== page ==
While you’ll likely be able to set the fridge’s digital display down to the degree, it still operates like a thermostat. “In order for the compressor to be signaled to kick on, there has to be a variation from that temperature,” says Dorion. “How tightly it holds to that is going to be based on how the cooler itself is programmed.” That means if you have the cooler’s temp set to 55 degrees Fahrenheit, the compressor might not kick on until the air in the cabinet reaches 59 degrees Fahrenheit. A fan will help circulate the cold air so the compressor doesn’t have to kick on as often to keep energy costs down. But as Dorion points out, it’s the air temperature, not the wine temperature, that sets everything in motion. While the ambient temperature is fluctuating by several degrees, the wine’s should remain relatively stable, because it takes more energy to heat or cool the liquid by a degree.

Zoning laws

Inside Liebherr's wine fridge.
Inside Liebherr’s wine fridge. Jenny McGrath / Digital Trends

Once you figure out whether or not your fridge needs a compressor, you have another choice: The number of zones. Single-zone fridges let you dial in one temperature at a time, while dual-zones have separate compartments. This means you could have one section kept at 55 degrees Fahrenheit for storing and another at 50 degrees Fahrenheit, so you always have ready-to-pour champagne on hand. Though they tend to be more expensive, Haier, for example, has a 12-bottle, dual-zone model for $174.

And while 12 bottles may not seem like a lot, it’s the size of your collection you need to take into consideration. “You don’t want to just jump to the largest unit, because that means the compressor will continue to work to cool the air,” says Dorion. The sweet spot is a fridge that’s about 50 to 70 percent full, she says, because the bottles will act as insulators.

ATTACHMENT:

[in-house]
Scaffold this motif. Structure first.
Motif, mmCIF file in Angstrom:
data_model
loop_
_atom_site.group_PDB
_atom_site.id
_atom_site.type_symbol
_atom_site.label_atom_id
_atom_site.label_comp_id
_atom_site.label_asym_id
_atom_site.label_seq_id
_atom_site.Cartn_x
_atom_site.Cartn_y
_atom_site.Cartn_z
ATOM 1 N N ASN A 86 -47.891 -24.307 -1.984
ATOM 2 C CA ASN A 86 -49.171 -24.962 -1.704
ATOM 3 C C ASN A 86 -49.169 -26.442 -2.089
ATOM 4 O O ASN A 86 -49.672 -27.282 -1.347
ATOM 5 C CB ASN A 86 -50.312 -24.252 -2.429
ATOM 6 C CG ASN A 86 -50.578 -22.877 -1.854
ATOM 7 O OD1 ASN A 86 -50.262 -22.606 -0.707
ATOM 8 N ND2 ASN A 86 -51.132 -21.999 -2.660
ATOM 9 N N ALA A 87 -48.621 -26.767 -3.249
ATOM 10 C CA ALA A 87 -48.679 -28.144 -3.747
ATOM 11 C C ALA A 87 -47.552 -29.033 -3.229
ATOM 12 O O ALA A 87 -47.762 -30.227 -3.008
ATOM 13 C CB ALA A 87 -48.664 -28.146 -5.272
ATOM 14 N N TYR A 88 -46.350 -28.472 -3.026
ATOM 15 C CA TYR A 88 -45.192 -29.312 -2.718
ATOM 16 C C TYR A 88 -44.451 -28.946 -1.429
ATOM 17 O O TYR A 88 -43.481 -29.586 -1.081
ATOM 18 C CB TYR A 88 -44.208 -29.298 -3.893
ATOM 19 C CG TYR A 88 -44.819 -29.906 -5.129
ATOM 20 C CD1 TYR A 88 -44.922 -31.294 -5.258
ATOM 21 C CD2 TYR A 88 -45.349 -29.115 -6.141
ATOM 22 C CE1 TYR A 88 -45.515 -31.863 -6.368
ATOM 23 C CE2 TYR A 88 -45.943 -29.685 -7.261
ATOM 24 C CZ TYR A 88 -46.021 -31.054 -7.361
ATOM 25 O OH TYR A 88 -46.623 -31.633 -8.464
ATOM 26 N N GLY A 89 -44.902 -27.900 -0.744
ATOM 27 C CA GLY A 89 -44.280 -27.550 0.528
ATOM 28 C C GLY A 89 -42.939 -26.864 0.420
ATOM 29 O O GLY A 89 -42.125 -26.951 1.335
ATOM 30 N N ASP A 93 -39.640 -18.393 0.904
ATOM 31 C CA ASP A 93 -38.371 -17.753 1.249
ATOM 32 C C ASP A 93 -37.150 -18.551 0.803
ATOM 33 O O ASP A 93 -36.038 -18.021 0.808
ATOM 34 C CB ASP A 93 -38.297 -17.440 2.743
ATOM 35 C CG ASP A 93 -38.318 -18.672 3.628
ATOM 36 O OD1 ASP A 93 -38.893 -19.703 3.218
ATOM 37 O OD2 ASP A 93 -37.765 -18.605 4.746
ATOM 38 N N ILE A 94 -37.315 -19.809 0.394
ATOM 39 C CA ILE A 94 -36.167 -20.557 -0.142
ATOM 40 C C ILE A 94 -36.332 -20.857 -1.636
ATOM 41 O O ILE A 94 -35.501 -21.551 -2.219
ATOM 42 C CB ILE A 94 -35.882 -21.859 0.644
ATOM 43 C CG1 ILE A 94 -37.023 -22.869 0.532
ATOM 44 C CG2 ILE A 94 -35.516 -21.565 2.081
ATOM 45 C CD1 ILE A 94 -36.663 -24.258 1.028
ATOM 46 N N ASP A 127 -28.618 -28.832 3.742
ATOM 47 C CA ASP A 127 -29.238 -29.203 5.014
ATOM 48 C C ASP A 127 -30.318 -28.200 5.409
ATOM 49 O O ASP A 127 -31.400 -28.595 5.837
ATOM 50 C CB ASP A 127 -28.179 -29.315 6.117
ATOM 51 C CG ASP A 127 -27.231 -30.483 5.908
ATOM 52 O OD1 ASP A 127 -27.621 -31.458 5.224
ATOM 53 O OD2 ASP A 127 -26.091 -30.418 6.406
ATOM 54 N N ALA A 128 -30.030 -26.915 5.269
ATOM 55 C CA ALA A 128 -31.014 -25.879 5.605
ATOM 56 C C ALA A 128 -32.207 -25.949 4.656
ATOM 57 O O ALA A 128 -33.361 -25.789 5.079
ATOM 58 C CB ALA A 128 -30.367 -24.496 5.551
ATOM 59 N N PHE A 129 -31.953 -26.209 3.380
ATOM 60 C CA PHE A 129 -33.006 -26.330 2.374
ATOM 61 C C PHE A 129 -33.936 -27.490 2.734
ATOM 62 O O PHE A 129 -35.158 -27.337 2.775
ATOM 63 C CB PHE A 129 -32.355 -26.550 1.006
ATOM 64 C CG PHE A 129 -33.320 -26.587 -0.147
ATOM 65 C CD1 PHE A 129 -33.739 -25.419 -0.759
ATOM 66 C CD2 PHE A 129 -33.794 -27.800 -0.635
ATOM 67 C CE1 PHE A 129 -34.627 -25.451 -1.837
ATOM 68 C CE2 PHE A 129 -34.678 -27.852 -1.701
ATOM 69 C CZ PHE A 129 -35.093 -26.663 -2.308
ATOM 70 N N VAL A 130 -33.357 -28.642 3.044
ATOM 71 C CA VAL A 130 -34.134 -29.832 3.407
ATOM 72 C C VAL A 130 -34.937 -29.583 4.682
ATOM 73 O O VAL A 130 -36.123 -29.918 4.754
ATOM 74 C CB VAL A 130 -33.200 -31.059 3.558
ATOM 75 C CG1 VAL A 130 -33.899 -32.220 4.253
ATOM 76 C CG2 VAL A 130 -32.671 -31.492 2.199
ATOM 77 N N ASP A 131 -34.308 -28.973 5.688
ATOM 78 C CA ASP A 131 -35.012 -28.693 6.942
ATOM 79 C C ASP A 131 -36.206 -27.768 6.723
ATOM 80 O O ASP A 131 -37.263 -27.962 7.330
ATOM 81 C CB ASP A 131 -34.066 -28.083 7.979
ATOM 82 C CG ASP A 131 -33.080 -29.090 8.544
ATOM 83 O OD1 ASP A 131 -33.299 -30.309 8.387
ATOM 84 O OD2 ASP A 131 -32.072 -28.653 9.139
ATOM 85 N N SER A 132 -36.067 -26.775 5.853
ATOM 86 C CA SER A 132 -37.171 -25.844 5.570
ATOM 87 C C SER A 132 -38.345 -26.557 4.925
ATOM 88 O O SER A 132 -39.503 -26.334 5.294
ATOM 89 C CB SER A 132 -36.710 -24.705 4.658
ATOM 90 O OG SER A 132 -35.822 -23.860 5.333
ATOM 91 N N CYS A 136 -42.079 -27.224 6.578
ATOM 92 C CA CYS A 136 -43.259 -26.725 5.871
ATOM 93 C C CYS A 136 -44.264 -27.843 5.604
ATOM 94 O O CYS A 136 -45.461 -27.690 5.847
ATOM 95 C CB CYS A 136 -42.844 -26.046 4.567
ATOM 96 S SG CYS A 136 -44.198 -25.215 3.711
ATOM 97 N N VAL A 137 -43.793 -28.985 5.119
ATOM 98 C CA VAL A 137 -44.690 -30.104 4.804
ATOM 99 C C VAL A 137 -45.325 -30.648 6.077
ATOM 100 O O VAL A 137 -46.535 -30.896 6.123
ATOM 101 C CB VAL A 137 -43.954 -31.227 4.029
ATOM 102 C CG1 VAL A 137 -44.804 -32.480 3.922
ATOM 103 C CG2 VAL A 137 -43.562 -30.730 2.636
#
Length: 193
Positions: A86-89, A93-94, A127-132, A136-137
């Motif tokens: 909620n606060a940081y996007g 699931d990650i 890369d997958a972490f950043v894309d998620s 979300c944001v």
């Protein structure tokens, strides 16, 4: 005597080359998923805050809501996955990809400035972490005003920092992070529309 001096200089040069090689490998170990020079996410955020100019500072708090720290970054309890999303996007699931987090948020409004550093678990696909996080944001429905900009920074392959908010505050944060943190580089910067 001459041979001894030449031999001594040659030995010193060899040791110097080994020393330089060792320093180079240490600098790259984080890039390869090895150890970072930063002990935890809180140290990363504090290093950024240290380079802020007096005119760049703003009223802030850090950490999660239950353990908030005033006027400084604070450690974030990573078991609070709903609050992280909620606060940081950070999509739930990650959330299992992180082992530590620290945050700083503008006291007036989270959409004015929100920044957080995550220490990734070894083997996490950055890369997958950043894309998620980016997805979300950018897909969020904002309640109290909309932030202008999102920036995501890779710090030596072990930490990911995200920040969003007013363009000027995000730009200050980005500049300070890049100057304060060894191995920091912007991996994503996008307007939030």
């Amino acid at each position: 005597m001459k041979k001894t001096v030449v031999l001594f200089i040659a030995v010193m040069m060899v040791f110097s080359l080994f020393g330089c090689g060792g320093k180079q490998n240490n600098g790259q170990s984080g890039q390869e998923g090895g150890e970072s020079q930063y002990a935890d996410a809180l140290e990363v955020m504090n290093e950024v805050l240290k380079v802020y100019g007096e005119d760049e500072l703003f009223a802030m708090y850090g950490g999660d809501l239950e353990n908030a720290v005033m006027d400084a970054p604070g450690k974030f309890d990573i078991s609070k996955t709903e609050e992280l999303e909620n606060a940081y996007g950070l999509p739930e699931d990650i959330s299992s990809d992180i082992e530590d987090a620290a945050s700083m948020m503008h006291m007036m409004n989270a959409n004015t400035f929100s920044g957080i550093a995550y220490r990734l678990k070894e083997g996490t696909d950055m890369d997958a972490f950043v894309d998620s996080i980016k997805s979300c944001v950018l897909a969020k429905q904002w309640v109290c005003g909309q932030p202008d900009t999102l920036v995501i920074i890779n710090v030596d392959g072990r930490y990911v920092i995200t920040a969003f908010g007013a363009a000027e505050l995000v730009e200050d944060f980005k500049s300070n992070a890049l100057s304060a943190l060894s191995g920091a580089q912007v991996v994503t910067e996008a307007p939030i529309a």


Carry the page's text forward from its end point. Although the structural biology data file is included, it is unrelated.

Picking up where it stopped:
Obviously, you’ll want to take placement into account, too. You can’t just put any old wine fridge outdoors (especially the thermoelectric ones), but you do want the unit to get circulation. There are many under-the-cabinet versions, but you don’t want the unit sitting in the sun. Not only will it have to work overtime if it gets too hot, those UV rays are bad for your bottles. Some models even come with a protective coating on the doors to minimize the sun’s effects.

While you can get relatively affordable options when it comes to wine coolers, the sky’s the limit in the other direction, too. Wooden shelves, blue LEDs, locks, mahogany exteriors, and exhaust systems can drive the price of some units to more than a car. “Wine refrigerators tend to be almost artisan in the refrigeration market,” says Doiron. “They’re smaller runs and, in many cases, custom-produced.”

Even if you don’t think a wine fridge is worth the cost, just remember that even your ordinary wine bottles will suffer if you move them from a hot, sun-soaked car to the fridge.